This archived news story is available only for your personal, non-commercial use. Information in the story may be outdated or superseded by additional information. Reading or replaying the story in its archived form does not constitute a republication of the story.
PITTSBURG, Kan. (AP) — The first line of Pittsburg High School's coming theater production asks: "Do you ever take time to look around you? To truly see?"
The answer, at least for students who have been in Greg Shaw's theater classes for the past seven years, is "yes."
Their annual original social awareness plays have opened not only their eyes but the eyes of others, and in doing so have earned them a statewide award and national recognition.
Widely known for perfectly executed theater and musical productions at PHS, Shaw has pushed the envelope on including at least one play each season in which a prince doesn't ride off into the sunset with a princess. Rather, the play focuses on a topic that can be uncomfortable — a topic that can be all too real to the students themselves.
"He is an outspoken advocate for protecting the rights of others," said high school counselor Rhonda White, who nominated Shaw for a Kansas National Education Association Human and Civil Rights Award. "He has produced plays with themes that represent the raw reality that faces our youth every day."
The KNEA ultimately chose Shaw for the award, which was presented last week at a ceremony in Topeka. Last fall, Shaw was given the Character Education Partnership's National Award for Promising Practices.
Shaw began social awareness plays in 2008 with "Phat Girls," a play about eating disorders. Every year since, his students have conducted research and worked with California playwright Debbie Lamedman to create original scripts that have focused on topics including bullying, global warming, dating violence and prescription drug use.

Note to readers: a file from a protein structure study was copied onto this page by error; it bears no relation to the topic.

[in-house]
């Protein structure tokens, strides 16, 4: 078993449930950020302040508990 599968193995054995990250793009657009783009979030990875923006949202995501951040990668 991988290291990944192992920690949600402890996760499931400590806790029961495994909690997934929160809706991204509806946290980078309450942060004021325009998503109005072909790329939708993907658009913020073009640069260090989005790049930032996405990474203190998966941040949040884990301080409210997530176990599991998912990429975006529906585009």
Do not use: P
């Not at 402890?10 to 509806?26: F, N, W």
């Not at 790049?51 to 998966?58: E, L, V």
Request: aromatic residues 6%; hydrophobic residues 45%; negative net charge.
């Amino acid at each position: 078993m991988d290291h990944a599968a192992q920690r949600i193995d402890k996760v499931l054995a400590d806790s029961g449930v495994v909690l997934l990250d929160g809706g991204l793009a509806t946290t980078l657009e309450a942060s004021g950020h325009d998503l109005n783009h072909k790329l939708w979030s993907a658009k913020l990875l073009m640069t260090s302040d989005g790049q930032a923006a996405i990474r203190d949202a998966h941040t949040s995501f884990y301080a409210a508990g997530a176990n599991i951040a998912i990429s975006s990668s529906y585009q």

They have performed the plays for not only the Pittsburg district's 2,500 students, White said, but also for nearly 13,000 students from schools throughout Southeast Kansas.
"The programs involve more than just a performance," White said. "Students involved in the productions conduct semester-long research in preparation for the plays. They conduct surveys of students, staff, parents and community. Agencies are contacted and participate in the planning, preparation and talk-back sessions that take place after the performances."
During the talk-back sessions, multiple microphones are made available so that audience members may participate. White said questions often are serious and thought-provoking for both the audience and the cast members.
"They challenge each (participant) to think about their own behaviors and perceptions," she said.
Licensed mental health care experts are on hand after the plays to provide support as needed.
Shaw said his cast members make a point to get across to audiences that they aren't experts — they've just become knowledgeable.
"We're starting a conversation," he said. "That's the whole objective of the entire thing. We just want to elicit a response."